Home/Daniel Larison/How ‘Maximum Pressure’ Poisons Diplomacy

How ‘Maximum Pressure’ Poisons Diplomacy

U.S. Secretary of State Michael R. Pompeo, President Trump and National Security Advisor John Bolton at the NATO Foreign Ministerial in Brussels, Belgium on July 12, 2018. [State Department photo/ Public Domain]

The official administration line on their “maximum pressure” campaigns is as delusional as one would expect:

The official defended the efficacy and rationale of the administration’s approach. “The United States is responding to legitimate threats against America and our allies and partners with highly effective maximum pressure campaigns,” the official said.

Like most statements coming from the administration, this isn’t true. The pressure campaigns against Iran and Venezuela have nothing to do with threats posed by those governments, but are instead focused on trying to force regime collapse to benefit regional clients or install a government more to Washington’s liking. The pressure campaign on North Korea does have something to do with a potential threat to the U.S. and its allies, but that campaign has been entirely ineffective in achieving the administration’s unrealistic goals. All of these campaigns have so far failed on their own terms, and they are all very likely to continue failing because the targeted regimes cannot give the administration what it wants without either ceasing to exist or surrendering things they consider to be essential to their security and survival. In each case, the Trump administration doesn’t understand how its own pressure and threats are perceived in these other capitals, and it doesn’t realize that the more that it tries to squeeze them the more they will struggle to deny the administration success.

Because the U.S. has left none of them with a face-saving way out of the standoff, the only real choice left to them is whether they should capitulate or resist. Given the nature of these regimes and their ideological views, resistance is the obvious choice for all of them. None of them is going to cooperate with the U.S. in bringing about their overthrow or disarmament. It is a measure of our government’s arrogance and its poor understanding of adversaries that anyone in Washington thinks this would happen. For their part, the North Koreans have no reason to think that their regime will be secure from U.S. pressure and threats in the future if they went along with disarmament. They can see how Iran has been treated after it negotiated in good faith and made substantial reductions in its nuclear program, and they know what the U.S. did to the Libyan and Iraqi governments before that. Our government’s track record on regime change and nonproliferation has to make Kim value his arsenal even more than he already does.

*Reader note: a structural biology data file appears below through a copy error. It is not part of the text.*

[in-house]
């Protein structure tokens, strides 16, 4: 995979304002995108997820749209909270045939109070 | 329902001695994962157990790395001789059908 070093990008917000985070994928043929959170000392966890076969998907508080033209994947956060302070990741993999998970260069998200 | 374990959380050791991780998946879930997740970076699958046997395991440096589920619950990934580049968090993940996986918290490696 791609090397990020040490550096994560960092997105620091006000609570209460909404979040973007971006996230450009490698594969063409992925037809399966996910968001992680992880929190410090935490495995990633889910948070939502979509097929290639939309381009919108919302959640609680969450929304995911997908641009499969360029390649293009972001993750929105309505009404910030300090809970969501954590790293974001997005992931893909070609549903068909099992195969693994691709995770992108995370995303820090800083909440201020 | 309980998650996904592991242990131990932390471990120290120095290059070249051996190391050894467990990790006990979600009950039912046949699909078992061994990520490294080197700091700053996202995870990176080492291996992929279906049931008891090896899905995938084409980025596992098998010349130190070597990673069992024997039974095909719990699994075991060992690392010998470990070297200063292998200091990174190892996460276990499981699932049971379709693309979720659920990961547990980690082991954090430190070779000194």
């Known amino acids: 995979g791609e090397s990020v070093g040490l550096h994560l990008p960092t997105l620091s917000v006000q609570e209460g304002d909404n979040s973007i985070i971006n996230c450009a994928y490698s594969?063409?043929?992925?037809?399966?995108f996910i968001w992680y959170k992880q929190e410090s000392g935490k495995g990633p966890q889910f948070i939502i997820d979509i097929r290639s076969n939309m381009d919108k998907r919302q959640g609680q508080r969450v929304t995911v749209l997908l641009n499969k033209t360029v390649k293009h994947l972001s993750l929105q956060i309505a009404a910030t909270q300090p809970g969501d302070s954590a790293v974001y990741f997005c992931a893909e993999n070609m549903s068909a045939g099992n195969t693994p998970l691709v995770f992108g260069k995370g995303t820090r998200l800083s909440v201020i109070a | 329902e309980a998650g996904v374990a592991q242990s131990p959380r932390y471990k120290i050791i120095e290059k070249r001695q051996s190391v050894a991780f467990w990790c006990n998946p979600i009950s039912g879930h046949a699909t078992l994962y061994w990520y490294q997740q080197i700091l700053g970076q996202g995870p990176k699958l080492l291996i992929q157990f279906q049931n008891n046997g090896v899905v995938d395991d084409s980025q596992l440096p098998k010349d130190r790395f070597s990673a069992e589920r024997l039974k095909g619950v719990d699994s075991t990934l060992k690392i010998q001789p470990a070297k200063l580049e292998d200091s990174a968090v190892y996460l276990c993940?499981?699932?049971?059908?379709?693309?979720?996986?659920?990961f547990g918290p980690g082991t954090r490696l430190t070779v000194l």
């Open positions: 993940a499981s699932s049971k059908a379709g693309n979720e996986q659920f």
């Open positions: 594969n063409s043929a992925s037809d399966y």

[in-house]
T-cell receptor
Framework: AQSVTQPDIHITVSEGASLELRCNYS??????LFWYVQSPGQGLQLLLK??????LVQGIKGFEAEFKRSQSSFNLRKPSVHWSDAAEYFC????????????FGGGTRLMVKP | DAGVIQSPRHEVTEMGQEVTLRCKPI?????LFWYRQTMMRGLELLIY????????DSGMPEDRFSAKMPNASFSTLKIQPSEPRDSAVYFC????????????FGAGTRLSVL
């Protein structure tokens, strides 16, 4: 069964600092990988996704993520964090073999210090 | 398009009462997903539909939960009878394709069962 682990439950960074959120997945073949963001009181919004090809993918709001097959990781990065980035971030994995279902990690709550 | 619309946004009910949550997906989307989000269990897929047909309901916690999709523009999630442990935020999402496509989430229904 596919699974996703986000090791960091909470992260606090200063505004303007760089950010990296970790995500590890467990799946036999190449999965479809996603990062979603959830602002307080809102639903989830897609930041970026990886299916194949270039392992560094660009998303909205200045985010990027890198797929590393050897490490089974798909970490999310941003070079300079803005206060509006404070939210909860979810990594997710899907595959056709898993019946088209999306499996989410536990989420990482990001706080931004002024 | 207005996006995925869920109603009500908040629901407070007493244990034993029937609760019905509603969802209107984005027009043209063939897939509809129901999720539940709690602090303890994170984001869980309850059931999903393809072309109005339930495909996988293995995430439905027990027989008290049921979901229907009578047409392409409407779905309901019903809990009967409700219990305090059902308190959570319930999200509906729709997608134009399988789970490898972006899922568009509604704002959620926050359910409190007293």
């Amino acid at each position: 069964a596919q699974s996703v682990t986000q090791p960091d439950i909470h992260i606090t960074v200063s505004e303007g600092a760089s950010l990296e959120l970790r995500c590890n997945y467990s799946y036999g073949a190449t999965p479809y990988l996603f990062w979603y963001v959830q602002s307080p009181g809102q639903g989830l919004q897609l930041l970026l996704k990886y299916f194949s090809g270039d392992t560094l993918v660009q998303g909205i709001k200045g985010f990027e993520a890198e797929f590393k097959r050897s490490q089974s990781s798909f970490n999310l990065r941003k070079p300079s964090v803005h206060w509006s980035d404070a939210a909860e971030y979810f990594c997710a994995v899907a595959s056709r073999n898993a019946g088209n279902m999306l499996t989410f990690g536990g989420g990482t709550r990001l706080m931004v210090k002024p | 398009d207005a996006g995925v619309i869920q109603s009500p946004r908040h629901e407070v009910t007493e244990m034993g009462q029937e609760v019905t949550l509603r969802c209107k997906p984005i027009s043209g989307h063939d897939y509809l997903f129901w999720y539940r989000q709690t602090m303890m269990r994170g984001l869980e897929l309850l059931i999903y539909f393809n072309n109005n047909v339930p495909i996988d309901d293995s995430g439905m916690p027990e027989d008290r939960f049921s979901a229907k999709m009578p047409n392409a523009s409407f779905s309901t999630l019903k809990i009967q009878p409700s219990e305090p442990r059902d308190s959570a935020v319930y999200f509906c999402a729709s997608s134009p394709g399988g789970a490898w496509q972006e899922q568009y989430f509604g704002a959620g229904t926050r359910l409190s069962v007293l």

The U.S. went back on its promises of sanctions relief to Iran, and has embarked on a much more aggressive economic war in pursuit of maximalist goals that amount to regime change in all but name. Sanctions cannot provide leverage over the targeted regime if that regime believes it has nothing to gain from complying with our government’s demands. If a regime is being told that it will be strangled now or strangled later, its leaders may decide that they will take their chances and try to outlast the administration that is trying to strangle them. Other sanctioned governments can see that Iran gained nothing from complying with previous demands, and they can reasonably conclude that they won’t benefit from cooperating with the U.S. Beyond being a failure on its own terms, “maximum pressure” is poisoning the well for U.S. diplomacy for years to come and making it much more difficult for any government that faces U.S. pressure to believe that it can obtain relief by making an agreement.

about the author

Daniel Larison is a senior editor at TAC, where he also keeps a solo blog. He has been published in the New York Times Book Review, Dallas Morning News, World Politics Review, Politico Magazine, Orthodox Life, Front Porch Republic, The American Scene, and Culture11, and was a columnist for The Week. He holds a PhD in history from the University of Chicago, and resides in Lancaster, PA. Follow him on Twitter.

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